A god should never come down to earth. Not the Greek gods, or the Roman ones, or the Norse or the Egyptians. Certainly not the True God, should he exist. Humanity can’t handle it, sure, the line in all the handbooks, but there’s one other truth. Because humans have persevered for this long, we’d probably take it in stride. There’s a lot of them, see, and we all know the feeling of seeing someone who thinks they’re a god, fail. And that’s what the gods would do.
The gods can’t handle it. Zeus, down on our planet, falls in love with a mortal woman who cannot take it, so he leaves heartbroken. Zeus looks at her lying still and fails to remain, and this is his greatest mistake. This is the most common story too, but behind it lies another truth. It’s not always women or men the gods fall in love with.
How could Vulcan remember that he has to go back to Olympus when we have the cold glow of a computer screen here? How could the god of metallurgy not fall in love with the way people carry devices with all sorts of different buttons and functions?
What is Bast, goddess of cats, to do when she sees a city full of cats, except stay and become their leader? How could she do anything but love and worship them in return? They have always been one and the same.
How could Thor resist the photography of this world? Photos of his wrath, but photos of other things too: the northern lights illuminating a sky of black, the thousands of stars, not there to be memorised, but to be loved.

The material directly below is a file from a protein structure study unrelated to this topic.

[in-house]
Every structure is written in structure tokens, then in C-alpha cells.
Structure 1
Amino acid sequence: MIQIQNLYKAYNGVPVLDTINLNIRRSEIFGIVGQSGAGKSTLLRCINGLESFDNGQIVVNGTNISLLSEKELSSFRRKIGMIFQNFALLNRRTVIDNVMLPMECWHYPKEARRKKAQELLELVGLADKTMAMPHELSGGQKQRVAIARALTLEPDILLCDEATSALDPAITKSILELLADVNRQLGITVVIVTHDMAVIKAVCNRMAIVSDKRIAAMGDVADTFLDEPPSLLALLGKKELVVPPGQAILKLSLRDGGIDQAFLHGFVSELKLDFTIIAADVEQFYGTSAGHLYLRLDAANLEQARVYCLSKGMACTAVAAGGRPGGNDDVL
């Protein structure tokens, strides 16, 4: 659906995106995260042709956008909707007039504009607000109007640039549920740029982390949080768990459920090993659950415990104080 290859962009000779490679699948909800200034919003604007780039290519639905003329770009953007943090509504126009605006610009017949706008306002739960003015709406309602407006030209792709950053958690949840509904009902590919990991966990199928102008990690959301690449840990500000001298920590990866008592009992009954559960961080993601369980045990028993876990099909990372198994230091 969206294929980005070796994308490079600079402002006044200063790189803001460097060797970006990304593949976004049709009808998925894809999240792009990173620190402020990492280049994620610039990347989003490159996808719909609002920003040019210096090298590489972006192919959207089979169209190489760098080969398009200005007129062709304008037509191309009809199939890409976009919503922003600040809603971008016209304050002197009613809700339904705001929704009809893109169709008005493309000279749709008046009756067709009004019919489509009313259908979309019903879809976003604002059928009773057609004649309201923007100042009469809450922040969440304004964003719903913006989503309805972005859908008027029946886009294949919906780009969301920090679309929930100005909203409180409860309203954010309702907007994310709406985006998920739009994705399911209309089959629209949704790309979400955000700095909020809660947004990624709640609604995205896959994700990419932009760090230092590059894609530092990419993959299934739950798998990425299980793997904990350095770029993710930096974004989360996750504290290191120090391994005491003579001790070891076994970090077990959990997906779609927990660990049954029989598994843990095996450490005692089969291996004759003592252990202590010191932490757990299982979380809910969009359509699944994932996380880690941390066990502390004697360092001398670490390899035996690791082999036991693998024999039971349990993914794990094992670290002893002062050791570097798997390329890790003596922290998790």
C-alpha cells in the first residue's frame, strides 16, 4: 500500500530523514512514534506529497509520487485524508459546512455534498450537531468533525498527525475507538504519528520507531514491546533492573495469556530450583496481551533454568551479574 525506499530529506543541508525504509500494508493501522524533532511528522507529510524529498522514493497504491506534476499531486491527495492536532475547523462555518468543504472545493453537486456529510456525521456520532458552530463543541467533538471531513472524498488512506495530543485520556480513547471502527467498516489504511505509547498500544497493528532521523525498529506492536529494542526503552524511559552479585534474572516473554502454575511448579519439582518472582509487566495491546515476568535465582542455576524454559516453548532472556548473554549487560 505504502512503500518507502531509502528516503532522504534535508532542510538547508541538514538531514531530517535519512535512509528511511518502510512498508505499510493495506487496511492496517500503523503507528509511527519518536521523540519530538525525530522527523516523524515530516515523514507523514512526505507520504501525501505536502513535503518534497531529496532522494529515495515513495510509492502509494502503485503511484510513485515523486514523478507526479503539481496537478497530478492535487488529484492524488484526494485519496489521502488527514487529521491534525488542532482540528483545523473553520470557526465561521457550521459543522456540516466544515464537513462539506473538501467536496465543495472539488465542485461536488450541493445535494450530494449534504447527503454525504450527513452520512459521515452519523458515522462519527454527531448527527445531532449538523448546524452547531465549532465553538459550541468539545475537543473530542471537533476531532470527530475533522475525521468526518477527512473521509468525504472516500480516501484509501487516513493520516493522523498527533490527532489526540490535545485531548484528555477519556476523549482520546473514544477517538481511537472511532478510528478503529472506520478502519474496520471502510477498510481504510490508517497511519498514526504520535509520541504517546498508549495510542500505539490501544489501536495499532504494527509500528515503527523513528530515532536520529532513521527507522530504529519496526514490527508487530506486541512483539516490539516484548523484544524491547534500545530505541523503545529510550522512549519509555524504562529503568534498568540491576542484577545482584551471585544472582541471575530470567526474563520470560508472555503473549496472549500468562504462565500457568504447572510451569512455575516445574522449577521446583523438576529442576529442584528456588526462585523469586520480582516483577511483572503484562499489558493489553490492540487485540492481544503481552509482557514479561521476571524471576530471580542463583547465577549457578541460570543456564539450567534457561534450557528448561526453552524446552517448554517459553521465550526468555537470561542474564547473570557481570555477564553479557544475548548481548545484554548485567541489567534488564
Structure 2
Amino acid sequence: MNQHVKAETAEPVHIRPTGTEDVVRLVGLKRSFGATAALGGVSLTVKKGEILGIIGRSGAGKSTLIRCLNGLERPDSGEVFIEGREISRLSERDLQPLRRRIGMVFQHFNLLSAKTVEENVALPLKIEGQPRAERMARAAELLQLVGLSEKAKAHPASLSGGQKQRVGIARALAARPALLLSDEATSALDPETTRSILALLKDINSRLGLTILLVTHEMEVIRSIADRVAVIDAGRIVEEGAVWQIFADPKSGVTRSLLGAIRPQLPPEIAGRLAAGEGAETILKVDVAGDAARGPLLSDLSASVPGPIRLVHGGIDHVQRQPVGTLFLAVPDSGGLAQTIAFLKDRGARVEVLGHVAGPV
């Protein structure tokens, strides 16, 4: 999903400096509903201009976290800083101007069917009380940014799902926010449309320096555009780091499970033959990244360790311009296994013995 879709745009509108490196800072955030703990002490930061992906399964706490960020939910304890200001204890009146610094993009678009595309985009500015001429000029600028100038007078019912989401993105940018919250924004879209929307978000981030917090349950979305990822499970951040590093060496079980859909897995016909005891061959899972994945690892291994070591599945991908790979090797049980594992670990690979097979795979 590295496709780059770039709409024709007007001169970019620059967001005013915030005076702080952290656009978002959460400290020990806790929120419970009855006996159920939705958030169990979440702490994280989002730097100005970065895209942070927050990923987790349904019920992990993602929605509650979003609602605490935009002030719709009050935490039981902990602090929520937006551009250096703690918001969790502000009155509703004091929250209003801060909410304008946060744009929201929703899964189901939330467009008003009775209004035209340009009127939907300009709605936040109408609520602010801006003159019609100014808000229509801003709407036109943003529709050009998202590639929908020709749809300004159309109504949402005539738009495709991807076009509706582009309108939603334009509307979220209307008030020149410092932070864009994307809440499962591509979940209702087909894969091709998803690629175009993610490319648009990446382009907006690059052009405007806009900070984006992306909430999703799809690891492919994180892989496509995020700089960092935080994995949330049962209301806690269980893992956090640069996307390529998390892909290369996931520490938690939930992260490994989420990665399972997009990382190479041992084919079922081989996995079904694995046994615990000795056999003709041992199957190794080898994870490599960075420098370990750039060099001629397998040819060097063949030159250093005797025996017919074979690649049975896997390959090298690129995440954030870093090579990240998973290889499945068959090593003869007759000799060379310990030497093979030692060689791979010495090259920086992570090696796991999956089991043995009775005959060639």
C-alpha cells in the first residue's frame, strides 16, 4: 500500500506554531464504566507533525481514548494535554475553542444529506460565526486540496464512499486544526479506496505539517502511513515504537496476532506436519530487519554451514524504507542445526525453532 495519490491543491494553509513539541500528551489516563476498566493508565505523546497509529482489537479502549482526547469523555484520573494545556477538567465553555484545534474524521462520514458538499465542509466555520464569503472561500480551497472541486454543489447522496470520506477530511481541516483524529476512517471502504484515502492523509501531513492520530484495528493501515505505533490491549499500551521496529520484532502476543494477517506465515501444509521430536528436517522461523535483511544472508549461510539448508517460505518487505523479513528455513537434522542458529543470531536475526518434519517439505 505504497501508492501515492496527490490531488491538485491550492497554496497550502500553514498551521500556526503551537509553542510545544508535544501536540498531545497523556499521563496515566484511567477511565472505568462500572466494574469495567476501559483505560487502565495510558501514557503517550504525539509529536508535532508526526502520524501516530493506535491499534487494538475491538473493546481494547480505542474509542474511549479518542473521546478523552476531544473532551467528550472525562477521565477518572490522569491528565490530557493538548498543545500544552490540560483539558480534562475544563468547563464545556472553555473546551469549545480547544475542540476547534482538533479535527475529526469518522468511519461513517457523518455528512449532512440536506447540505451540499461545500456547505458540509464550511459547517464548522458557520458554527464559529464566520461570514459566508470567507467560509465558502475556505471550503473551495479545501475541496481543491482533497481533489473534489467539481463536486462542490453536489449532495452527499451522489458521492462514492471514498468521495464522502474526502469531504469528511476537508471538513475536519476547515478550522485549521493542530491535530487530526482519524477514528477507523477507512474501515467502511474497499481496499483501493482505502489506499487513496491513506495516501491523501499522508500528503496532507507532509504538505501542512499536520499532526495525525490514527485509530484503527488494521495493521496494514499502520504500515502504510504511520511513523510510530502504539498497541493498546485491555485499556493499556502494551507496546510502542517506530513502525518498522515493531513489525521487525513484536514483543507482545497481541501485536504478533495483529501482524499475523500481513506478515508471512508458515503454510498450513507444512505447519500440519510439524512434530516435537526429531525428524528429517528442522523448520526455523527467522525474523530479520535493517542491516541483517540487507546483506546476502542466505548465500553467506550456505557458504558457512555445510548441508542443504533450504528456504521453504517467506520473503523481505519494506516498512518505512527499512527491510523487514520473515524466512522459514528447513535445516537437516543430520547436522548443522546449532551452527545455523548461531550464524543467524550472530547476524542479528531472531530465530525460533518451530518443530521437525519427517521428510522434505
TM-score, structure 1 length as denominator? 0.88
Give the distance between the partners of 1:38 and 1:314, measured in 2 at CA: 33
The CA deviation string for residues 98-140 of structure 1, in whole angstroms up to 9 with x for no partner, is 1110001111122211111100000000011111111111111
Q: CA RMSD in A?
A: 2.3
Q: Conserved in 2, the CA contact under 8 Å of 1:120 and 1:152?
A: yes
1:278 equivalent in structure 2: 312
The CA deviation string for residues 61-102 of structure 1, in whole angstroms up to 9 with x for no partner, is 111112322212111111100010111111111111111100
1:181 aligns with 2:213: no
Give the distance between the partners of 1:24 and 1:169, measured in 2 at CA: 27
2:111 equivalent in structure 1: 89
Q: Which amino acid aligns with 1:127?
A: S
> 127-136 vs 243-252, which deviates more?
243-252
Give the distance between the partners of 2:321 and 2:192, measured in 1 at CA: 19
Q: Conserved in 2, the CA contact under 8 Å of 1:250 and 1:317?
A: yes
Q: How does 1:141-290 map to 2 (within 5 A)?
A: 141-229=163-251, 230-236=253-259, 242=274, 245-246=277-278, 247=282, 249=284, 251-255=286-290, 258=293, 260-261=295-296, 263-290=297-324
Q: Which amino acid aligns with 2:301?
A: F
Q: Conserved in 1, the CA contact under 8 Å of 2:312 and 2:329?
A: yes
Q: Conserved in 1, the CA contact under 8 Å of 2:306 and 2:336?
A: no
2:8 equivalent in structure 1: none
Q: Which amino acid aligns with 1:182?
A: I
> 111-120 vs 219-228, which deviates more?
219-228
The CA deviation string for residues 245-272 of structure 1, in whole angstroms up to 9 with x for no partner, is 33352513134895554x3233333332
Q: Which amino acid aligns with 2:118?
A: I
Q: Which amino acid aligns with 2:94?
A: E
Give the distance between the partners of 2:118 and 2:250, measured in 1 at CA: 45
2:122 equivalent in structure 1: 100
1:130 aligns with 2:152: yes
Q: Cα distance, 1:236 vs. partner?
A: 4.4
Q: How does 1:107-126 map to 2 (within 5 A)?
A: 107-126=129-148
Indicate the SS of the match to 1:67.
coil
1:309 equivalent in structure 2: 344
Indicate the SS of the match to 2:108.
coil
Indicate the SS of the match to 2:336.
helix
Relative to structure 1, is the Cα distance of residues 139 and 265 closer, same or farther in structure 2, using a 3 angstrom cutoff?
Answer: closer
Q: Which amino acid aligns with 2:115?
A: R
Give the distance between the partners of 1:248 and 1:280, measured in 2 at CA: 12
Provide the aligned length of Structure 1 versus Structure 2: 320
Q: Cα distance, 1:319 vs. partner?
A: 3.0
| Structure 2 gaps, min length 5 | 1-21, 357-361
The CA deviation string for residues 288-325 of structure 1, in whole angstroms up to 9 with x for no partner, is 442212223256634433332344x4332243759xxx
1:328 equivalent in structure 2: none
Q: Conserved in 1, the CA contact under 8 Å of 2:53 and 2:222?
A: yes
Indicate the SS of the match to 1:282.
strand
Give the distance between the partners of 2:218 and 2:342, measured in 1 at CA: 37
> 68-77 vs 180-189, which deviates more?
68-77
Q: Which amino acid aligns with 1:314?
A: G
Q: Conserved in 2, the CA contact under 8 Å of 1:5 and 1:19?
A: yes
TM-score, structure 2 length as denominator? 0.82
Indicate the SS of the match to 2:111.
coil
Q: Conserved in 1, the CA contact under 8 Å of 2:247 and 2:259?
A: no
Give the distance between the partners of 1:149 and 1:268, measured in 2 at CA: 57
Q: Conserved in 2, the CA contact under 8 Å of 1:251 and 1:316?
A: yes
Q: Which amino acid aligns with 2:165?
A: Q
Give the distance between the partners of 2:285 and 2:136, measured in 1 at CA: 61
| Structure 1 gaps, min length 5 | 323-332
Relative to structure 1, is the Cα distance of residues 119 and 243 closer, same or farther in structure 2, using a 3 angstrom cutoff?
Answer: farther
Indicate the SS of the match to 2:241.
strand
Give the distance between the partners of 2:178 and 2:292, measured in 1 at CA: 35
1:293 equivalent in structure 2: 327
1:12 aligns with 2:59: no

What is a god to do when they realize humanity is as Great as they are? That there are people in this world who have no powers nor godly names, but have instead courage and hope? How could they not fall in love with places and animals and ideas, when all they have are subjects and old myths?
How can Thoth’s powers not tremble in the wake of Bill Nye the Science Guy’s influence, how can he not be overshadowed by that one professor that makes their subject so interesting that you’re practically forced to learn?
Athena might go to college, if she were down on earth, but it would lead to a sad story of an overachieving girl who failed her first day on the job and returned shamefully back to her world.
How can Apollo truly live up to the archers at the olympics, watching he might feel shame or hatred towards his own skills. How can a god who was born with his powers truly live up to a kid who has been practicing every day of his life for a shot at this? How can he feel as though he earned his powers as the god of archery, when frankly he knows he didn’t?
How can a god not understand, when looking at museums filled with art and people so passionate about everything there is, that they are the ones that are lesser? How can they not realize that they are outclassed by their strong, willful, determined, and diverse subjects, the people who they can only look down upon because the gods cannot emulate them?
And in return, when will people realize that they are the strength of a god personified, their passion about hotwheels or baseball or princesses as strong and as enduring as the gods’ powers themselves? How can a person not realize that their practice, their determination, and their strength are stronger than any god who would dare approach them? How can they not realize that they are the gods in their own stories, and that nothing was stronger than the limits they broke?
Sierra Balleisen is a teenage poet and writer, and an avid J. Maya fan!